Brad Pitt and Angelina Jolie reportedly awarded joint custody over their childrenjessie tan
Brad Pitt and Angelina Jolie have reportedly been awarded joint custody over their children.
The former couple have been engaged in a custody battle over their five youngest children – Pax, 17, Zahara, 16, Shiloh, 14, and 12-year-old twins Vivienne and Knox – since their split in 2016, and on Wednesday (May 26) they were officially awarded joint custody of all five children.
A source told Page Six: “There was a significant change made in the custody agreements based on an extremely detailed decision made by the judge.
“Brad was just trying to have more time with his kids – and it has been clear that Angie has done everything possible to prevent this.
“This trial lasted for several months and there were a f*** ton of witnesses, experts, therapists and other people who have been with the kids and around them, and the decision was based on this.”
And it has also been claimed that Brad – who also has 19-year-old son Maddox with Angelina – is “so relieved” to be able to “spend more time” with his children.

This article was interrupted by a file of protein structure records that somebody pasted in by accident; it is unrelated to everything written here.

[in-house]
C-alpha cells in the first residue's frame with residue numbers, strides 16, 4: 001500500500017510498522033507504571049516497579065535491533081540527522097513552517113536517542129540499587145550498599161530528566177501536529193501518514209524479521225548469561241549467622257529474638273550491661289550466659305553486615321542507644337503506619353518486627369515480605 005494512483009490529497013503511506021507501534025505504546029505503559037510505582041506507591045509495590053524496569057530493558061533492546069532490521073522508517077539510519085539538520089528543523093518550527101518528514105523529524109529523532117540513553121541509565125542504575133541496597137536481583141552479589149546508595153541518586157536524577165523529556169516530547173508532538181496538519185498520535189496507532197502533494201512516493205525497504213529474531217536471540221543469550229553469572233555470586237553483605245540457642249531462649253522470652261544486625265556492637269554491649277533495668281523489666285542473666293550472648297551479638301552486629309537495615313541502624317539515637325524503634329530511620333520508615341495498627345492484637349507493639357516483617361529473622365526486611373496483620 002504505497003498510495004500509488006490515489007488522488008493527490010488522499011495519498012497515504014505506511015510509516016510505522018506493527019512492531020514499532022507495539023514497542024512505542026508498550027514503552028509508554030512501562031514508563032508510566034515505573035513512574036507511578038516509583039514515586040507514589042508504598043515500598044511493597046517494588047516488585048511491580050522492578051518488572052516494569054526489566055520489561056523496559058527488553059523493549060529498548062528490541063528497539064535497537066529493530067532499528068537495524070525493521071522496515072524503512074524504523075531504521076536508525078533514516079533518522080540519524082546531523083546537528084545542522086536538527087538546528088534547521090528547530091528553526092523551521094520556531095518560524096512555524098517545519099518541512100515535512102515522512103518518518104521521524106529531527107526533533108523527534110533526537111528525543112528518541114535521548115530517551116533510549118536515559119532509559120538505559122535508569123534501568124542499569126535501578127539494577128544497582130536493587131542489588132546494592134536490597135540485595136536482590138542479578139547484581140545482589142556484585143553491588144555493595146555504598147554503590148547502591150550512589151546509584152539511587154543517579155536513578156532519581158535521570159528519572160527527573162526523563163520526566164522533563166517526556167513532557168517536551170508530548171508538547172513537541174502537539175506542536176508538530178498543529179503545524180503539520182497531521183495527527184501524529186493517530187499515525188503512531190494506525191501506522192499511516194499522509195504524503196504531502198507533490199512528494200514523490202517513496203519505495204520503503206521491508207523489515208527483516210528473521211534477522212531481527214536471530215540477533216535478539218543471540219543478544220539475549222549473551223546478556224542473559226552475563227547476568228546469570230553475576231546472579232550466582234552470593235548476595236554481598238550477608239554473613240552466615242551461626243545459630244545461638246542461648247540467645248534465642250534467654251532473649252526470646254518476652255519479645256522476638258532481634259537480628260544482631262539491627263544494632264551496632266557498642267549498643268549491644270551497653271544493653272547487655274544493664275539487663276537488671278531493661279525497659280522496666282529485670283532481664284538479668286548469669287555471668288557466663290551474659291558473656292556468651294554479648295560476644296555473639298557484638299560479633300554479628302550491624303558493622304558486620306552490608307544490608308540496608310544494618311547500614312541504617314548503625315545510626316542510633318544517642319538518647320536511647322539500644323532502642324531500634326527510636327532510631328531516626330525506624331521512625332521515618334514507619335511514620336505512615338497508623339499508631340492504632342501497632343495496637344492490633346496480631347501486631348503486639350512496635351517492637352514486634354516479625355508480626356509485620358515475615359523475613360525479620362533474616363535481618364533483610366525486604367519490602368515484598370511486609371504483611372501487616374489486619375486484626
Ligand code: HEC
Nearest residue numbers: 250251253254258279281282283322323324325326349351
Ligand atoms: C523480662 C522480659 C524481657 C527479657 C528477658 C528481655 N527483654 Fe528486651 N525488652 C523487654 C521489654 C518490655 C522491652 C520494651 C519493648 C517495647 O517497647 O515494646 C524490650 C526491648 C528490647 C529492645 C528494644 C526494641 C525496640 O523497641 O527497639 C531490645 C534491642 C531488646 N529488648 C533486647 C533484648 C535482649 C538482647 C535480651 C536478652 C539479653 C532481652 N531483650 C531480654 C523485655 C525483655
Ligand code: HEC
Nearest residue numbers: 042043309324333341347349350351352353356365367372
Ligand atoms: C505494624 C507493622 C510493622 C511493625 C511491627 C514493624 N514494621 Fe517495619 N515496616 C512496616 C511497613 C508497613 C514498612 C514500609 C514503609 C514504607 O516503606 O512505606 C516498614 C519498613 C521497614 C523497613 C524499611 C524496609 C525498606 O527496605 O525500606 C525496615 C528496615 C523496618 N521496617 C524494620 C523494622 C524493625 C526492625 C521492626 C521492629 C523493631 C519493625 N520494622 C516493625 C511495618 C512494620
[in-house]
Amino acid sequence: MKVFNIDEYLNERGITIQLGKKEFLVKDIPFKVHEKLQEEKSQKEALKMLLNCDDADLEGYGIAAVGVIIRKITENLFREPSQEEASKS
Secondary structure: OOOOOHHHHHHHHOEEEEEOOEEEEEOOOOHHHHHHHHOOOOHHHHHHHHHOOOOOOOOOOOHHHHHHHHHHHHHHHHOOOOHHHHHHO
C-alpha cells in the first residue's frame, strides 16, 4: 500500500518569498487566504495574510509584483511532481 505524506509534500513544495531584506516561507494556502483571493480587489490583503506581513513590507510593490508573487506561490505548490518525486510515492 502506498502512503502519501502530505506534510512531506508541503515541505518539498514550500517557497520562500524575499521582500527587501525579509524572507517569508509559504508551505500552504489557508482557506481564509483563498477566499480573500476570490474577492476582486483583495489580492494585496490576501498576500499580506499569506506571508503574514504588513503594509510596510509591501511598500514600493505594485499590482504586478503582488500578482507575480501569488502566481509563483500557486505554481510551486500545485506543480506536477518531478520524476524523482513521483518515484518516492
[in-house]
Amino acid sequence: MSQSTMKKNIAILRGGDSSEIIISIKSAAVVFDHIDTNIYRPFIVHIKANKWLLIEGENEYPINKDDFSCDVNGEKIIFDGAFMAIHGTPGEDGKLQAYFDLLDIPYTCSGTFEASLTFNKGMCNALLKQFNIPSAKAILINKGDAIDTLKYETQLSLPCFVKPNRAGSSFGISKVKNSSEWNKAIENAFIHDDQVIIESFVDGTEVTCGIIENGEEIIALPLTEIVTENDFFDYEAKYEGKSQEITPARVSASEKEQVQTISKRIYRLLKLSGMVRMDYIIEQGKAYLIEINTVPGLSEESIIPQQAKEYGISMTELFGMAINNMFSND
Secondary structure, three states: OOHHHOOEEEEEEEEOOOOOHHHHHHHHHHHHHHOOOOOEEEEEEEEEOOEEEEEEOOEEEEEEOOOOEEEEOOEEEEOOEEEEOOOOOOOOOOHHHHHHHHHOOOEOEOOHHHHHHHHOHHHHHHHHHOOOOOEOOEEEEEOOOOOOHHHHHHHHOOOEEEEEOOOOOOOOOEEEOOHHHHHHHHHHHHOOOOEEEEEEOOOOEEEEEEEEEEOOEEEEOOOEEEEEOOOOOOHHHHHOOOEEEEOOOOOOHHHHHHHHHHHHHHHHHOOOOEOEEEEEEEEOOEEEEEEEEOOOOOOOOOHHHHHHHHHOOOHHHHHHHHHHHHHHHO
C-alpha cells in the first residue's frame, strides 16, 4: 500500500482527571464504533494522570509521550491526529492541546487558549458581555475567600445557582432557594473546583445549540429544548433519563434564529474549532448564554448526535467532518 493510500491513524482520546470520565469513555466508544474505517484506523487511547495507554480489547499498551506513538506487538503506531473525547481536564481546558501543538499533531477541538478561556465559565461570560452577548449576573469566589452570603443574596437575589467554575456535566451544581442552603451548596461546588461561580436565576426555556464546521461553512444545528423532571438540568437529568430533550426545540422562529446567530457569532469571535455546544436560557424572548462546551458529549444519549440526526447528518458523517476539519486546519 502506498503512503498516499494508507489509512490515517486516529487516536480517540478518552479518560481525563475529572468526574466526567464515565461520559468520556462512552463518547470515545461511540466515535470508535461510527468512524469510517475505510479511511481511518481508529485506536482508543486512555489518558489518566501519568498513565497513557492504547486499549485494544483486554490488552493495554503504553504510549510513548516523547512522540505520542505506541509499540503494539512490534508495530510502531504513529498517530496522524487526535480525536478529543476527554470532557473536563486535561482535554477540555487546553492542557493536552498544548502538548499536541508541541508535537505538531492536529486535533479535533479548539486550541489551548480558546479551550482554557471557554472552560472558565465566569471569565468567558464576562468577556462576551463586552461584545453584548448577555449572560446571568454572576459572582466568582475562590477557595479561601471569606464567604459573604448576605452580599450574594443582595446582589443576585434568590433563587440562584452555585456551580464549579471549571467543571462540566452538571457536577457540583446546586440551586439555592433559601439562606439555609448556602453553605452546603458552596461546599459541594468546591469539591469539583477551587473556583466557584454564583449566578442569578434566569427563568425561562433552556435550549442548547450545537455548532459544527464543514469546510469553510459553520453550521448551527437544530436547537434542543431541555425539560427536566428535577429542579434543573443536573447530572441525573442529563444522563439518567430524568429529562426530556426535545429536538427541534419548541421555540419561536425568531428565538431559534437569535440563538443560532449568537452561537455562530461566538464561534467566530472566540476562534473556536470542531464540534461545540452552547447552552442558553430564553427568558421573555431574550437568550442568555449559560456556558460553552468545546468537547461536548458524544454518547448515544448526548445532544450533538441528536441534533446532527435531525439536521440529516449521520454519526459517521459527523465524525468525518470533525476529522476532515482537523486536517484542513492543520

However, sources believe Angelina will continue fighting the custody arrangement, as she reportedly thinks there were “issues” with the way Judge John Ouderkirk handled their court proceedings.
The source added: “Joint custody is not the issue that Angelina objects to, there were other issues of concern, but the court proceedings are closed and sealed.”
Earlier this week Angelina and her legal team claimed the judge wouldn’t allow her children to testify in court.
A filing made to California’s Second District Court of Appeal read: “Judge Ouderkirk denied Ms. Jolie a fair trial, improperly excluding her evidence relevant to the children’s health, safety, and welfare, evidence critical to making her case… They have failed to adequately consider a section of the California courts code, which says it is detrimental to the best interest of the child if custody is awarded to a person with a history of domestic violence.”
Angelina believes the court should be able to “hear the minor teenagers’ input as to their experiences, needs, or wishes as to their custody fate”, but this has been refused.
However, Brad’s lawyers believe the proceedings have been conducted fairly.
In a response filing made to the courts, they said: “Ouderkirk has conducted an extensive proceeding over the past six months in a thorough, fair manner and reached a tentative ruling and order after hearing from experts and percipient witnesses. [Angelina’s testimony] lacked credibility in many important areas, and the existing custody order between the parties must be modified, per Mr. Pitt’s request, in the best interests of the children. [The objections are causing] grave harm upon the children, who will be further denied permanence and stability.”